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Yoko Ono - Between My Head and the Sky

  by Anthony Strutt

published: 23 / 9 / 2009

Yoko Ono - Between My Head and the Sky
Label: Chimera Music
Format: CD


Experimental and challenging, but ultimately totally irresistible new album from Yoko Ono, her first under the Platic Ono Band moniker since the mid 1970s

‘Between My Head and the Sky’ is the first album to be released by Yoko Ono and the Plastic Ono Band since the mid 1970s. Apart from Yoko none of the other members of the original line-up of the Plastic Ono Band appear, which included John Lennon, who is of course no longer with us, Ringo Starr and Klaus Voorman, who drew the cover for ‘Revolver’. Another Lennon, however does play on the album – Sean, John and Yoko’s son who is now 34 years old. This fifteen track album covers all Yoko's styles of music and starts with ‘Waiting for the D Train’, which returns her to her early Apple records roots of wailing. This is what hacked Beatles’ fans off in the first place, but was a massive influence on new wave and bands such as Siouxsie and the Banshees. It is totally avant garde in sound. ‘The Sun is Down’ is a funky number, which is backed by a New York style disco beat and features a spoken word vocal. ‘Ask the Elephant’ has a mid 1970’s swagger to it and another spoken word vocal. ‘Memories of Footsteps’ does what a song should do and takes you on a journey. It has a smooth feel and a soft trumpet and is like a film in song form. It is Yoko's love song for New York, in the same way that Woody Allen's ‘Manhattan’ is his love song for New York. ‘Moving Mountains’ has Yoko having sex and an orgasm. She has done this before on record and this time has some soft sexy music to help her on her way. ‘Calling’ finds Yoko in a hypnotised state and is musically reminiscent of both the Inspiral Carpets ‘Joe’ and the Beatles' ‘Taxman’, but has more grooves than either of them. ‘Healing’ is smooth and very calm, while ‘Hashire, Hashire’ is sung in Japanese and is backed by music that sounds like it belongs on a trendy cookery show or the soundtrack to a ‘Sex in the City’ film. The title track is funky and imaginative, and another avant garde, forward thinking, funky number. ‘Feel the Sand’ is very gentle, a number to rock a baby asleep to. ‘Watching the Rain’ is more in the vein of her early 80s work, but has a dose of the 21st century added. The beautiful ‘Unun’ is sung in both Japanese and English. ‘I'm Going Away Smiling’ is a sad love song with just a cello and piano backing it. ‘High Noboru’ is also beautiful and sung again in both languages. ‘I'm Alive’, the final track, is short and sweet, just twenty two seconds. Yoko sings, ”It's me and I'm alive” while in the background there is the sound of gunfire, a reference to John Lennon being shot which she has againused before. ‘Between My Head and the Sky’ is like all Yoko Ono’s work experimental and challenging, but also, if listened to in the right mind, ultimately totally irresistible.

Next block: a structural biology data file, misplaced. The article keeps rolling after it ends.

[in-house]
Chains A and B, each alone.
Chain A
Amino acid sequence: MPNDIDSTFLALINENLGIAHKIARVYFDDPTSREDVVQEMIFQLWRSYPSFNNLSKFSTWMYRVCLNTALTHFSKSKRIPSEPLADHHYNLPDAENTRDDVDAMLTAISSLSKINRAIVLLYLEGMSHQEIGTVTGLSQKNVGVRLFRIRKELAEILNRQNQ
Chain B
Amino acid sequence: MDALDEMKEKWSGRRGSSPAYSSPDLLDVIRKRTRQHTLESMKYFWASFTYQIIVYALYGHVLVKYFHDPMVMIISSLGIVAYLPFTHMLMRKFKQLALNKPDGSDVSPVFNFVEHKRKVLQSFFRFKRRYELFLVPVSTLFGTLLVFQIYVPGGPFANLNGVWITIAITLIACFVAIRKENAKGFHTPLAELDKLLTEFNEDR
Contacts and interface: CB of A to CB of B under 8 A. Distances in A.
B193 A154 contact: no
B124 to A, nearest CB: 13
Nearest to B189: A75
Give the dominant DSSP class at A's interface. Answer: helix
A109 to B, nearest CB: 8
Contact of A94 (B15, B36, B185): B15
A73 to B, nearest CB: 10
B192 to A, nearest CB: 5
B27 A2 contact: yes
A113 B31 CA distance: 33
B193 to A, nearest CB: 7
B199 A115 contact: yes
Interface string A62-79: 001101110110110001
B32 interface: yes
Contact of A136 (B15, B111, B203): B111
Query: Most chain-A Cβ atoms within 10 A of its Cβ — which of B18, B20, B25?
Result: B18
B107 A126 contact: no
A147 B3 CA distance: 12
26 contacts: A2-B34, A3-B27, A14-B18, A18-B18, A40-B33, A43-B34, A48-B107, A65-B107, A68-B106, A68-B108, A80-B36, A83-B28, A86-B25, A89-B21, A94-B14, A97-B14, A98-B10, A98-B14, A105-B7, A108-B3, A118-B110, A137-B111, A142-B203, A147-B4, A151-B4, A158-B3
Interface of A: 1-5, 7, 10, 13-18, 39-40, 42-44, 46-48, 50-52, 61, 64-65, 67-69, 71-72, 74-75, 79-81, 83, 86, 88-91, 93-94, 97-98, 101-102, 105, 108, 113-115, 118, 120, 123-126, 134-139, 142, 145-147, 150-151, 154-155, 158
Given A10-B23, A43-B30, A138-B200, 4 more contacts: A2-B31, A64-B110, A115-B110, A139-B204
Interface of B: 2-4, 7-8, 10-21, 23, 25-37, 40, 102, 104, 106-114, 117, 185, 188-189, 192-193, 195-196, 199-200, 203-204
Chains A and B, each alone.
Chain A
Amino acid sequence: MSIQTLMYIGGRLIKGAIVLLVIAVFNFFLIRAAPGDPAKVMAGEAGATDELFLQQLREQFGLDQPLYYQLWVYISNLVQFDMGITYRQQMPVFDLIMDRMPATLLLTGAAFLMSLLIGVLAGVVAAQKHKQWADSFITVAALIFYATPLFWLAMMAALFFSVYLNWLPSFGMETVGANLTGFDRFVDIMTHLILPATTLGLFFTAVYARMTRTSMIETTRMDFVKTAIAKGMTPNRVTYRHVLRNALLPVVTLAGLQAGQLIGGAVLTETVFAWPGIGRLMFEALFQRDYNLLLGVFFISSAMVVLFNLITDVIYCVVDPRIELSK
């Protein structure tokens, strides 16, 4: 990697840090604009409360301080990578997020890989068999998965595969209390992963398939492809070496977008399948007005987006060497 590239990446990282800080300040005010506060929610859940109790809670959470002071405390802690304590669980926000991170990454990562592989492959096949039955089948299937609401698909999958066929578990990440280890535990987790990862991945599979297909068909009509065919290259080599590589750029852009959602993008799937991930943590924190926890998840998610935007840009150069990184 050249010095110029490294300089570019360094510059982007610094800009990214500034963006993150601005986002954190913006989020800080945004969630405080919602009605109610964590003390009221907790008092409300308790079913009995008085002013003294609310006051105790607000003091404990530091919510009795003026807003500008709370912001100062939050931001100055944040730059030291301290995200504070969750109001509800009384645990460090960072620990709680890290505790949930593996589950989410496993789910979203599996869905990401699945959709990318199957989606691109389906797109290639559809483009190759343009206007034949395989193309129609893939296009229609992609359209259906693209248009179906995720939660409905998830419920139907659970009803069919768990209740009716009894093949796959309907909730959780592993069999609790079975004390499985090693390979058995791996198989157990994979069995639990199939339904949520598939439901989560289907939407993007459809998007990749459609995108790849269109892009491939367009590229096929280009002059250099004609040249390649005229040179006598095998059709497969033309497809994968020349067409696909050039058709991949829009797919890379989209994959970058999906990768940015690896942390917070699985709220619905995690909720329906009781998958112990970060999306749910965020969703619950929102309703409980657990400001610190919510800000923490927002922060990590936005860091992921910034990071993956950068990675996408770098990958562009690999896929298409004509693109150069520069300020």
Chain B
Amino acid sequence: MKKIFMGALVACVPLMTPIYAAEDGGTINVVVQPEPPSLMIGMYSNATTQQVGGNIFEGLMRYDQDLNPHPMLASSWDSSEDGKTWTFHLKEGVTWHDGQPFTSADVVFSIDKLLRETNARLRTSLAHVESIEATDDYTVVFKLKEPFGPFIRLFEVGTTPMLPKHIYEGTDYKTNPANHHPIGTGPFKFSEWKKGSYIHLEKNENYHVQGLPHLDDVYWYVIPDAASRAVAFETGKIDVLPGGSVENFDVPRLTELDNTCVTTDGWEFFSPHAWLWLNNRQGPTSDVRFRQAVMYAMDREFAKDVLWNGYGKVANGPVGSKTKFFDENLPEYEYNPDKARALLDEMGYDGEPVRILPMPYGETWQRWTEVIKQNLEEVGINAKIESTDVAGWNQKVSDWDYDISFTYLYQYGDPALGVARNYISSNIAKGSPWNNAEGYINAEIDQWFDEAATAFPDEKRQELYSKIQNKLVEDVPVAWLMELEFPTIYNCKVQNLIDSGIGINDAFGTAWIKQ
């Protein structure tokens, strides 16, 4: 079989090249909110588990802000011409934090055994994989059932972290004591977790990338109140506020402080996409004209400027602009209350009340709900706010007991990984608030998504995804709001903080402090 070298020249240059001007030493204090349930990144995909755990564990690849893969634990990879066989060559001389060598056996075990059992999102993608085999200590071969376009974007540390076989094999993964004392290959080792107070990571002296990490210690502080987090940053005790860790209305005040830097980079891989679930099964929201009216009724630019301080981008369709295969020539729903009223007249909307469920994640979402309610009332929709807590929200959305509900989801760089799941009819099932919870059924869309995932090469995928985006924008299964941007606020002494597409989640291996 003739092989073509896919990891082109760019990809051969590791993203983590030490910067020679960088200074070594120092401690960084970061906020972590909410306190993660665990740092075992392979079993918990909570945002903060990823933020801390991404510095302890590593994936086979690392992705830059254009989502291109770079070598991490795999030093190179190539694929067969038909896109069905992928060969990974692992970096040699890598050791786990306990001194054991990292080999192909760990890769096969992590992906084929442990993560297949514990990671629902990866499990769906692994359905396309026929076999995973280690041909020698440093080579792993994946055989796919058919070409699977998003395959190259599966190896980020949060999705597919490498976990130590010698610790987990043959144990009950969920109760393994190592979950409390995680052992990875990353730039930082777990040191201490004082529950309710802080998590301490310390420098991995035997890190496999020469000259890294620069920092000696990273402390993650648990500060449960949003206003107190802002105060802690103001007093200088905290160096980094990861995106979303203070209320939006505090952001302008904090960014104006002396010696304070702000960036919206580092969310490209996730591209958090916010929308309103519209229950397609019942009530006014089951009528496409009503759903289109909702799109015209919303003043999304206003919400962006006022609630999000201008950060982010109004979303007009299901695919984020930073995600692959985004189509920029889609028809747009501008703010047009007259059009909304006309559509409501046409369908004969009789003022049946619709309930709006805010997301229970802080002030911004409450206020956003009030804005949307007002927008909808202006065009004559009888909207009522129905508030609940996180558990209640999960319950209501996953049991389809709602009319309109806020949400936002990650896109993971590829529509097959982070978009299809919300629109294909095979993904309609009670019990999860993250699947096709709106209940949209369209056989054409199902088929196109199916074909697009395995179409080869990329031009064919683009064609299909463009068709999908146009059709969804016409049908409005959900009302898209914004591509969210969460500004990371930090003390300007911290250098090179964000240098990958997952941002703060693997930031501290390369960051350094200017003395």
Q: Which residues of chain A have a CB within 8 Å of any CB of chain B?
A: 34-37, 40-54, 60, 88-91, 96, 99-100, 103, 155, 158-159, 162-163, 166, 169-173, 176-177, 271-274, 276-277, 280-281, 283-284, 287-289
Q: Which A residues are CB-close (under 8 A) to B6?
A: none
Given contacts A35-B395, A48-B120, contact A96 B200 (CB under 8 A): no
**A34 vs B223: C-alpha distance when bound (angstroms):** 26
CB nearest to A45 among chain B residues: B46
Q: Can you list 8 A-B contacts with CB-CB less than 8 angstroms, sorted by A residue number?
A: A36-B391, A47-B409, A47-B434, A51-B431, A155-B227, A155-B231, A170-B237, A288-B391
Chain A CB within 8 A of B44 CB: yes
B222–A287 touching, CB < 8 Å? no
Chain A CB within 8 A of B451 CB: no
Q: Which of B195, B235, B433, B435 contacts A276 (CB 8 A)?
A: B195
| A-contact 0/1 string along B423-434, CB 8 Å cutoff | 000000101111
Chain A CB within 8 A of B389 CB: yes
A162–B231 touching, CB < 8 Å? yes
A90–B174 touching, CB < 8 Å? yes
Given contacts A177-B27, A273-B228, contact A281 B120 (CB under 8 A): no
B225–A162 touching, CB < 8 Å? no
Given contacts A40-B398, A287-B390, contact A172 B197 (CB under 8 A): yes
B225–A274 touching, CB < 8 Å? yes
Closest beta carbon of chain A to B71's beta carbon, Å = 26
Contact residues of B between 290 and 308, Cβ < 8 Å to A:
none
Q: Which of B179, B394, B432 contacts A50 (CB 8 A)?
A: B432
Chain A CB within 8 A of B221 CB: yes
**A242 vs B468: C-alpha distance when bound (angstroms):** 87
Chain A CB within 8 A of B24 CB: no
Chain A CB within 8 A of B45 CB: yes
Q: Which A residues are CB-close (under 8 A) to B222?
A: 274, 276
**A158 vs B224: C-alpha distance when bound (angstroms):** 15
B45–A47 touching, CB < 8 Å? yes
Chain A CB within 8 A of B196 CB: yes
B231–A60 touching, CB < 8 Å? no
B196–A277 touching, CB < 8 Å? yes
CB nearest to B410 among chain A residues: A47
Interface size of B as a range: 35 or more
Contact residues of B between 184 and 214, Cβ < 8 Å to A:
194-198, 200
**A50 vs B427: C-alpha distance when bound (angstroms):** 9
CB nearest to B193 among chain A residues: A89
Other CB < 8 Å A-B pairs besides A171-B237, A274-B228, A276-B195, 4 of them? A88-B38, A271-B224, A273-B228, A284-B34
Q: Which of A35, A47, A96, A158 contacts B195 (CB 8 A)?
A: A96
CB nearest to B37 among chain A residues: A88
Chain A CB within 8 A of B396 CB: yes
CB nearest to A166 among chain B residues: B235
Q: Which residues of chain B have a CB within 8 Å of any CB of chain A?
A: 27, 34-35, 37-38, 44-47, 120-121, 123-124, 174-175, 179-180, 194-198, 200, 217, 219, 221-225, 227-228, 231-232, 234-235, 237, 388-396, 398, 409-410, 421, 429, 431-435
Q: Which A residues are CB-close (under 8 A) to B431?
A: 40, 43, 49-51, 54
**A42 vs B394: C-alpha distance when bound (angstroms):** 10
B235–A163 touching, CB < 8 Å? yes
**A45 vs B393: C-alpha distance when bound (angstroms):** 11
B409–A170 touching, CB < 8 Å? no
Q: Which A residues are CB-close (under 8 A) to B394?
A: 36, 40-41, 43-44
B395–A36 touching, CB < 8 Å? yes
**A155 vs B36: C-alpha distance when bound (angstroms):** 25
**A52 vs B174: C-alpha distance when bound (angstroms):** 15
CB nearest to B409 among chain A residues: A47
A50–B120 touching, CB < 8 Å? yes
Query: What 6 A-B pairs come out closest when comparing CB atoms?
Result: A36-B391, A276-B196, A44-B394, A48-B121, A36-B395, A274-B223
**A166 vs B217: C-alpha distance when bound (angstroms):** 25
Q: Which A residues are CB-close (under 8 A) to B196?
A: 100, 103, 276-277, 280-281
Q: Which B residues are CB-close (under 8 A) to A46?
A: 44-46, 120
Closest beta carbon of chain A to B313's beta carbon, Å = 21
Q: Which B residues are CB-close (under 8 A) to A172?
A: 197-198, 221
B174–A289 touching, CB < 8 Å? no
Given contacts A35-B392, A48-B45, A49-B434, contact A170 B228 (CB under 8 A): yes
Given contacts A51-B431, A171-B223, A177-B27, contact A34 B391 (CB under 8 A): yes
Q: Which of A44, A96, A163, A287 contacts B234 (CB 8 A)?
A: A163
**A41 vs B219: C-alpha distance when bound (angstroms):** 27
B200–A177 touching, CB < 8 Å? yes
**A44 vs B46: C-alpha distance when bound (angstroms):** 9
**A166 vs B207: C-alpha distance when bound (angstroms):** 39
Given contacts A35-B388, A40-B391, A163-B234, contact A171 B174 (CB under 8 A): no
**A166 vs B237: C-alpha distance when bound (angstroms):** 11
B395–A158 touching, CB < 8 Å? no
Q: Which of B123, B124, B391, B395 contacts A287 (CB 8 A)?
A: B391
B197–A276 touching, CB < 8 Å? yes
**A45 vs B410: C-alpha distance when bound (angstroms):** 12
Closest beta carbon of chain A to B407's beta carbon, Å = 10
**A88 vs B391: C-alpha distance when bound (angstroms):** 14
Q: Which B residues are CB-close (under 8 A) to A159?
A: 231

Track Listing:-
1 Waiting For The D Train
2 The Sun Is Down!
3 Ask The Elephant!
4 Memory Of Footsteps
5 Moving Muntains
6 Calling
7 Healing
8 Hashire, Hashire!
9 Between My Head And The Sky
10 Feel The Sand
11 Watching The Rain
12 Unun. To
13 I'M Going Away Smiling

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